Extremely straight or very gay? For me, this has always been a burning question with regard to director Francois Ozon. His latest film is a murder-mystery called “Swimming Pool,” in which the male gaze is quelled and replaced by the female, but their visions remain trained on the same stunning 19-year-old woman, who lounges by a swimming pool in an array of skimpy bikinis. The gaze travels up and down her figure, charged with fascination, envy and lust (emphasis on the lust).
In one scene, Ozon’s camera lingers for what seems like an eternity on the rise and fall of the girl’s voluptuous chest as she sleeps, then cuts briefly to the seemingly impassive face of the middle-aged woman as she watches her. There is no soundtrack here though I thought I heard a soft swallowing, a furtive gulp of desire and resentment. Whether this emanated from the woman or someone in the audience remains a mystery.
Ozon has always professed his obsession with female sexuality, and his recent works like “8 Women” and “Under the Sand” are showcases for his amazing intuitive powers on this very subject. He gets right under the skin of his female characters and goads them into intimacy with his camera — and under his direction, actresses like Fanny Ardant and Catherine Deneuve seem perversely subservient, as if enjoying the process of being bullied and plied by this man who seems to know everything. (What a rival Ozon would have made for Freud.)
Interestingly, according to Ozon, the male of the species is a mere appendage, a sexual whim, a nostalgic keepsake. Most of the time they’re not even around. In Ozon’s world, women define and complete the landscape while men (the straight ones, anyway) become dispensable at the slightest provocation.
“Swimming Pool” pairs Charlotte Rampling and Ludivine Sagnier, two of Ozon’s muses, in a tense battle over the rights to a summer-house pool: metaphor for libertine youth and uninhibited sexuality.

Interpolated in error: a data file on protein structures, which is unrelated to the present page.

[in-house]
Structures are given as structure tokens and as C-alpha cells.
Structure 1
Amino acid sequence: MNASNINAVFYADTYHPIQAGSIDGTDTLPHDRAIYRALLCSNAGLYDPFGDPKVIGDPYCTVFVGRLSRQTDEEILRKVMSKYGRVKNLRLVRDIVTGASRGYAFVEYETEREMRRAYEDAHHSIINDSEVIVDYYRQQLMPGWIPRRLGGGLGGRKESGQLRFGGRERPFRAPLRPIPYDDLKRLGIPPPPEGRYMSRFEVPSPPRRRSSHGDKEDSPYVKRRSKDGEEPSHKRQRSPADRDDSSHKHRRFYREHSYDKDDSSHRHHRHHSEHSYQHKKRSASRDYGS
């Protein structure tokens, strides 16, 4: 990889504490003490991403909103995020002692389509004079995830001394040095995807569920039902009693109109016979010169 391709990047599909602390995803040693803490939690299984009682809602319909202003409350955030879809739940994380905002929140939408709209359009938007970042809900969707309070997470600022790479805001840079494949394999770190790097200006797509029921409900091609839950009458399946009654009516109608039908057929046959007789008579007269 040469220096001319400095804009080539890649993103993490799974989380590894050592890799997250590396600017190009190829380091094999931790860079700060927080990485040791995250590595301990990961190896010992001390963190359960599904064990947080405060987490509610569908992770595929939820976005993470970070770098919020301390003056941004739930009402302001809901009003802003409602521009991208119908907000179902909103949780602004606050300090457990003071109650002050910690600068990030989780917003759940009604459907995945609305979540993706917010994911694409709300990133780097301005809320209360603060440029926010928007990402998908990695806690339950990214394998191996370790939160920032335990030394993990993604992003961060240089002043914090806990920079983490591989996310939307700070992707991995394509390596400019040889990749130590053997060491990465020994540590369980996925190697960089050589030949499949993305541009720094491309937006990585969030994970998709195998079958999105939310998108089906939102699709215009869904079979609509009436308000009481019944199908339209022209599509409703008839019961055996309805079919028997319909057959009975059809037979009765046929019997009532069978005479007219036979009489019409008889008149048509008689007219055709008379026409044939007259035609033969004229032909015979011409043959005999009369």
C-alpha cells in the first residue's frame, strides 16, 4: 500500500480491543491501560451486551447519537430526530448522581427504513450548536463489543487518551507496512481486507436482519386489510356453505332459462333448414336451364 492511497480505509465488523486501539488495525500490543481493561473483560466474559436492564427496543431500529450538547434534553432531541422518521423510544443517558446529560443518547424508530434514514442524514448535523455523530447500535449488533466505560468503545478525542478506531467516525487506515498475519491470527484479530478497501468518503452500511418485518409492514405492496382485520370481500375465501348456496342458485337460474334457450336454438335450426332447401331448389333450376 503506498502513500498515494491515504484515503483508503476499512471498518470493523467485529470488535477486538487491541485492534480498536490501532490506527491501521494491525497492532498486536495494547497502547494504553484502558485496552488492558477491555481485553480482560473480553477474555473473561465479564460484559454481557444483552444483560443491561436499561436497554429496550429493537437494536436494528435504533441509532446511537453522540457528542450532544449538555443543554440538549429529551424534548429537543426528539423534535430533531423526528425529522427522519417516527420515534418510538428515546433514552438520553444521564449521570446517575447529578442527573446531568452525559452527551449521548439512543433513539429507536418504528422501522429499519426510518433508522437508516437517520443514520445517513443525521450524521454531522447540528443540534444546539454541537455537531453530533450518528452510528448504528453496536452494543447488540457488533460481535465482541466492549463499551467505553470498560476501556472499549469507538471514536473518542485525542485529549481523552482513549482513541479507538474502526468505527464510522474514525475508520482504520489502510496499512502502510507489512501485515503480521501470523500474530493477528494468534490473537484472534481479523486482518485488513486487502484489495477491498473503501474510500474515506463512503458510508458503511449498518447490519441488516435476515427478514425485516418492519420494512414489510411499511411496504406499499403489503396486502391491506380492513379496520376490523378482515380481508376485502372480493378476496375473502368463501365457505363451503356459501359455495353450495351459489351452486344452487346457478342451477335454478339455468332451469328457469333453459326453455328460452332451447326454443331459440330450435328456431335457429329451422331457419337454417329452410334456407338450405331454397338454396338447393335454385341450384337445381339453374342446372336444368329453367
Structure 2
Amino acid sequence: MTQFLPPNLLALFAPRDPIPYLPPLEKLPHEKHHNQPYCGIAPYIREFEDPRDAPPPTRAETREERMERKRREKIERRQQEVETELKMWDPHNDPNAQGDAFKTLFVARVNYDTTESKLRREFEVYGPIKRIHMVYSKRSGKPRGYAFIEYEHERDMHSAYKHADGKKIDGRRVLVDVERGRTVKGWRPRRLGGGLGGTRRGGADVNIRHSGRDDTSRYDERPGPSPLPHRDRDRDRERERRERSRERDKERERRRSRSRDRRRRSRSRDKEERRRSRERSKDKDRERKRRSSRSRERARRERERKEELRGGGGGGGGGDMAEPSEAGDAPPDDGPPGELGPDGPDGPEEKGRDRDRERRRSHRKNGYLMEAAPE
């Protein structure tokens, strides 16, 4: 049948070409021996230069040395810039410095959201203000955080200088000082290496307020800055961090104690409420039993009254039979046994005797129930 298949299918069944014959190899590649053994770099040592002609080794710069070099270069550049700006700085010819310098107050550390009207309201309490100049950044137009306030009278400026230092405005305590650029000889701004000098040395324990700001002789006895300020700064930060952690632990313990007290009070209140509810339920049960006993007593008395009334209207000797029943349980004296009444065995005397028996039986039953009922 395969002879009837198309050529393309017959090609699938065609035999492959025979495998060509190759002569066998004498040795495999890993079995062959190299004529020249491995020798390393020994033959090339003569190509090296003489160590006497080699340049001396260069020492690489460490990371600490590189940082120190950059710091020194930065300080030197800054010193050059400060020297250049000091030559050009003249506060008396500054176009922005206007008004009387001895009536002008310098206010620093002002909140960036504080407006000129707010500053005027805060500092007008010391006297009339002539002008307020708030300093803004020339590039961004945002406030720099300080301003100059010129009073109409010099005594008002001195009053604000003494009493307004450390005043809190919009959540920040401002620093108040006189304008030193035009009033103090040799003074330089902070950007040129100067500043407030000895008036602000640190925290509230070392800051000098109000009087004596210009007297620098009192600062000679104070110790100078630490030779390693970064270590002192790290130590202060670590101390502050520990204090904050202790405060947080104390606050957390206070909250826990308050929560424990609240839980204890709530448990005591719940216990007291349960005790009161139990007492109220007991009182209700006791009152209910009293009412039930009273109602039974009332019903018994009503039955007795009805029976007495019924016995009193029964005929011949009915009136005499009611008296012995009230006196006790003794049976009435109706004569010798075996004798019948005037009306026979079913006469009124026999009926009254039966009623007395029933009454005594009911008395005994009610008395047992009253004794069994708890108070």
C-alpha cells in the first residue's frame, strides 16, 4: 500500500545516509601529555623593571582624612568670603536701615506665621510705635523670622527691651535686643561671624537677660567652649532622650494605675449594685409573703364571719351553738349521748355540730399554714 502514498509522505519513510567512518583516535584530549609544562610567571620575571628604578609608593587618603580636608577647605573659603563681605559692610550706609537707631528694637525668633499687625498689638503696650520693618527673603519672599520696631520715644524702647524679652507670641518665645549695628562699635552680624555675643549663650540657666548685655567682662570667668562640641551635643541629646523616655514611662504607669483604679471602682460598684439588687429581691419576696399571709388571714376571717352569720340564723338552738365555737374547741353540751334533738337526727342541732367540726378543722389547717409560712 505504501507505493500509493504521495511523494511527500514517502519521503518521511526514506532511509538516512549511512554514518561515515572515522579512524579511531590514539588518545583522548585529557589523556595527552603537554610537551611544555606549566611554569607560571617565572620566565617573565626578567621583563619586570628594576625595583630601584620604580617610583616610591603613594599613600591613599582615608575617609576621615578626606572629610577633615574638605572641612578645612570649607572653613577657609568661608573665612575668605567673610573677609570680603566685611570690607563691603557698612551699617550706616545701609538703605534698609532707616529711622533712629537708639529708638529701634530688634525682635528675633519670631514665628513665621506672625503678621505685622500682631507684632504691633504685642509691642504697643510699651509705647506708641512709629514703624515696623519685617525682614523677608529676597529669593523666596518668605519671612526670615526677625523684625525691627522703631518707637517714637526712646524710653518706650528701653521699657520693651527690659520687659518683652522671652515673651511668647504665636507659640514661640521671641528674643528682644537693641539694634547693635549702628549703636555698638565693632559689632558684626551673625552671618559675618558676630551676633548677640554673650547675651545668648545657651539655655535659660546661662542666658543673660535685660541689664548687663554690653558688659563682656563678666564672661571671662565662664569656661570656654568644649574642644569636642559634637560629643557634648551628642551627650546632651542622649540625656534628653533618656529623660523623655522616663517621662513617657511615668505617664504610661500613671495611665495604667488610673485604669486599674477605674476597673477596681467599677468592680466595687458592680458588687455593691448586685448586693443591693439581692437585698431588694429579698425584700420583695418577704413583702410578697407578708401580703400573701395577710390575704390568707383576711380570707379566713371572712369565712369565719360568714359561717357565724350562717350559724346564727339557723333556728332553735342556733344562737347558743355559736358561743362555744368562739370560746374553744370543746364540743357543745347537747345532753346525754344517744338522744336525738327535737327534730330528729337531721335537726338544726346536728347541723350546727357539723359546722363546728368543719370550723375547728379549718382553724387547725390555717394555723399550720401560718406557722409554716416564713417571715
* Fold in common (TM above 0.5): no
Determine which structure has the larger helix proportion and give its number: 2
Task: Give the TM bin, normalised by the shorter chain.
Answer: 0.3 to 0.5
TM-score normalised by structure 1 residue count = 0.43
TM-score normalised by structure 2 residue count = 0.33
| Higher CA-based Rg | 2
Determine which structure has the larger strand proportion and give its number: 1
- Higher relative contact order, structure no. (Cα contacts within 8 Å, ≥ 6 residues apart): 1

Rampling’s character, Sarah Morton (author of best-selling detective novels), is initially at a disadvantage. Overworked and in her late 50s, she has arrived at the house and pool in a state of heavy fatigue. She is there thanks to the kindness of her London publisher (Charles Dance), who has offered the use of his cottage in Provence (“You can unwind, take in the sun and write.”)
Sarah proceeds to focus on the latter, but is distracted by the tantalizing sight of the pool from her window. She frowns. She’s hardly the type to go skinny-dipping and besides, she has work to do.
Then in the middle of the night, Julie (Sagnier), the semi-estranged, half-French daughter of Sarah’s editor, strolls in unannounced. Julie has no qualms about “disrupting” Sarah’s “work routine” by plunging right into all the sinful summertime pleasures, which includes a lot of nude sunning by the pool and having loud sex with a different stranger every night in the living room.
As the hours go by, Sarah’s face darkens with rage and gloom. But soon the writer in her is mesmerized by Julie and her escapades, to the extent that she rifles through the girl’s backpack to get a peek at her diary. Everything about the younger woman becomes raw material for her book, and on her laptop, there’s even a file called Julie.
In the meantime, Sarah surprises herself by doing the unthinkable, such as secretly swilling Julie’s wine straight from the bottle or lying by the pool in a flattering bathing suit. At the local restaurant, Sarah openly flirts with the muscular, mustachioed waiter (Jean-Marie Lamour).
So the scales tip one way or the other, each woman finding different ways to assert her sexuality by the pool. But Sarah’s issues are more complicated: She wishes to be the object of desire — but almost as strongly, she desires to be the lustful male gaze. Sarah is less appalled than aroused when she spies the waiter looking down on Julie as she sleeps on the pool deck, the sun shimmering on her tight, white bikini. His face is a mask of ungratified sexual frenzy and the camera (i.e., Sarah’s vision) stays transfixed on his expression.
At that moment, Sarah’s desire becomes all-encompassing — she wants the waiter, she wants Julie and most of all she wants to become them. The obsession grows and overtakes her in unexpected ways: When she happens upon a discarded pair of Julie’s undies on the garden grass, she can’t help picking it up and taking it back to her own room. But it’s not in Ozon to relegate Sarah to the observer. His greatest achievement is to draw this reawakening of an older woman’s physical desires, to place her matured, more complicated sexuality next to Julie’s youthful, straightforward one and not rob her of any dignity.
In the end, what surfaces is Sarah’s reinvention of herself (and in the process, her prose). Before, she had been a sour, aging writer living with her old father in a depressing London apartment. When an elderly fan once approached her in the subway to ask for an autograph, Sarah had coldly refused: “I’m not the woman you think I am.”
The whole essence of “Swimming Pool” is encapsulated in those words. She needed the pool and a misbehaving French sex kitten to prove their inherent truth.